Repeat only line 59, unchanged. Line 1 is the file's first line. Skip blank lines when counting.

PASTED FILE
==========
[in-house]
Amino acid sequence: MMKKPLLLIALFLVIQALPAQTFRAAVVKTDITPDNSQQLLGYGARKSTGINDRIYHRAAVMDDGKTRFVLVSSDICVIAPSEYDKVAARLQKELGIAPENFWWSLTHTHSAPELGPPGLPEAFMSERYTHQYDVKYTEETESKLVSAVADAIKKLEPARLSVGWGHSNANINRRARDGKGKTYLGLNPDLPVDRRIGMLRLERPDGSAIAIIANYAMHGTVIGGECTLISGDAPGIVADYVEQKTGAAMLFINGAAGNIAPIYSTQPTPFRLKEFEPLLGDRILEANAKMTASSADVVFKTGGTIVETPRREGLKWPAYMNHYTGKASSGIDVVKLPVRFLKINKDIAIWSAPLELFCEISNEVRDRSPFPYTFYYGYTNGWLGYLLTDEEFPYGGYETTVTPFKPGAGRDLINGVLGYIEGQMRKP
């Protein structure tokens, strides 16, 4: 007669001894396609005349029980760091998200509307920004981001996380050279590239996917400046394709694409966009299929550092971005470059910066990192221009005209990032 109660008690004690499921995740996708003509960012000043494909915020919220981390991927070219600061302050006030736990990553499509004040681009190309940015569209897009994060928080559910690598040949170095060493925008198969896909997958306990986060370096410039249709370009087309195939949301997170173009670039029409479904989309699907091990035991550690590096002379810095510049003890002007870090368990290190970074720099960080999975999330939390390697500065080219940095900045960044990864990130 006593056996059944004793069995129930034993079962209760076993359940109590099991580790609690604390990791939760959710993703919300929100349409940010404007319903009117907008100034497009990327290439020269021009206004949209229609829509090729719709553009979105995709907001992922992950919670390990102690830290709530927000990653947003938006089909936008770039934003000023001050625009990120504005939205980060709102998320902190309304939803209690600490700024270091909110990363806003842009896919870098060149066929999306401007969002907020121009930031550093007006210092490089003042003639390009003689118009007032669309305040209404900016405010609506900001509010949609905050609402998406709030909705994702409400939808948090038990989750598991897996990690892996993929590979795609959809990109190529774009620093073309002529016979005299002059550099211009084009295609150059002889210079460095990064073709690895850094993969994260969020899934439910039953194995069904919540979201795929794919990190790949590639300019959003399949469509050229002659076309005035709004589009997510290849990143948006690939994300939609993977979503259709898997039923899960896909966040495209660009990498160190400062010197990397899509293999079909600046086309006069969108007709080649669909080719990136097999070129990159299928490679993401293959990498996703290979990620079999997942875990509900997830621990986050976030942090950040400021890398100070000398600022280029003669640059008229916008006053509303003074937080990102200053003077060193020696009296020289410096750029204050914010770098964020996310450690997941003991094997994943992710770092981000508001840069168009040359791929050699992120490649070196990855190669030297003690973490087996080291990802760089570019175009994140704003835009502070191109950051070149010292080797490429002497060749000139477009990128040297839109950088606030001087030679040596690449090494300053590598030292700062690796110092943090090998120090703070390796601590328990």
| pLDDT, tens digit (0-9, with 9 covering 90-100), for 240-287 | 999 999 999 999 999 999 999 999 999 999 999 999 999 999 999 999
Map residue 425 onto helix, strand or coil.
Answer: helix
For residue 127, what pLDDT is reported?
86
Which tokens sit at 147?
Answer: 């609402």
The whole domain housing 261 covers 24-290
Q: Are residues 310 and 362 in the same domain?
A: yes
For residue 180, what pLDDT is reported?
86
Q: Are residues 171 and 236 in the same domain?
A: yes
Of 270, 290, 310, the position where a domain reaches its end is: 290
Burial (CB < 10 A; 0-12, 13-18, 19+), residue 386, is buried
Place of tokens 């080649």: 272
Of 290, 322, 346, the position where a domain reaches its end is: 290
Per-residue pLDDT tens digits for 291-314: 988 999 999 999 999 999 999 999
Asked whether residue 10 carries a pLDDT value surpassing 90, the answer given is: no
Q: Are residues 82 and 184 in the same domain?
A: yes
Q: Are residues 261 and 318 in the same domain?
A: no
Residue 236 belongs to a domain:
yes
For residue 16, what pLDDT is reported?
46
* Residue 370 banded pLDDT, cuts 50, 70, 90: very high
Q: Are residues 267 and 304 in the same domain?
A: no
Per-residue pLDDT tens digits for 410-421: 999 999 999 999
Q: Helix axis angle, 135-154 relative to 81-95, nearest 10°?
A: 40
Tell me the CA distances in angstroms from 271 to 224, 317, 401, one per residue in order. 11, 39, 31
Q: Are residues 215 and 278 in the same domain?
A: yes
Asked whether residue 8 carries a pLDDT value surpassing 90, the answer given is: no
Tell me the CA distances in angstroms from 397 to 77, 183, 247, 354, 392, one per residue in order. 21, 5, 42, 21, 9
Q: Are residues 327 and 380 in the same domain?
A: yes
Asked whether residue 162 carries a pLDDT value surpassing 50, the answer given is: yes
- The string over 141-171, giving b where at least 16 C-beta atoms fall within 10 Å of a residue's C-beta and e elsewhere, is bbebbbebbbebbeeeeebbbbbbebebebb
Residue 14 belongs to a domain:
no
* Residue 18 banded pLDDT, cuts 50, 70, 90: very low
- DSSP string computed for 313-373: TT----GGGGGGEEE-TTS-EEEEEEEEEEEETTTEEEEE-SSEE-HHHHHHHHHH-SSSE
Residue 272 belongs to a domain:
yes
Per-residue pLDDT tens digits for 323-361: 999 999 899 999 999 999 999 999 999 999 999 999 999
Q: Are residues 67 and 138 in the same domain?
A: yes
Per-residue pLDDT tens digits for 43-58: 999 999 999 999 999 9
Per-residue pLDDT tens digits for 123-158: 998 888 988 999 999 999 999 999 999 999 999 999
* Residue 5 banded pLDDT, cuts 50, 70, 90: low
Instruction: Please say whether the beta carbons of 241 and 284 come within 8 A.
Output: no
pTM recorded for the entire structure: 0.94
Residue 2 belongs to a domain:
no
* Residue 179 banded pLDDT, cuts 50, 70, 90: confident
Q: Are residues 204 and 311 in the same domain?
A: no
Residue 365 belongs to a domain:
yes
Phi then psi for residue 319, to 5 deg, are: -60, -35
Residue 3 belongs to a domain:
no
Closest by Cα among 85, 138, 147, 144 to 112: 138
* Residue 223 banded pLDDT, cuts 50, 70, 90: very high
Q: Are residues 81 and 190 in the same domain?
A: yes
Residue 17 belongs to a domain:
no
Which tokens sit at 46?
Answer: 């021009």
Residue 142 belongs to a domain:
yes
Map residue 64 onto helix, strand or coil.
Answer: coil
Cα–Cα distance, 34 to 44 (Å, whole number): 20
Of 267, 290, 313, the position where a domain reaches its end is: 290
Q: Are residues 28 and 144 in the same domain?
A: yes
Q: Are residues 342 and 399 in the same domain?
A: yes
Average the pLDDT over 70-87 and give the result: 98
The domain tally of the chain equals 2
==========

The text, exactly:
Instruction: Please say whether the beta carbons of 241 and 284 come within 8 A.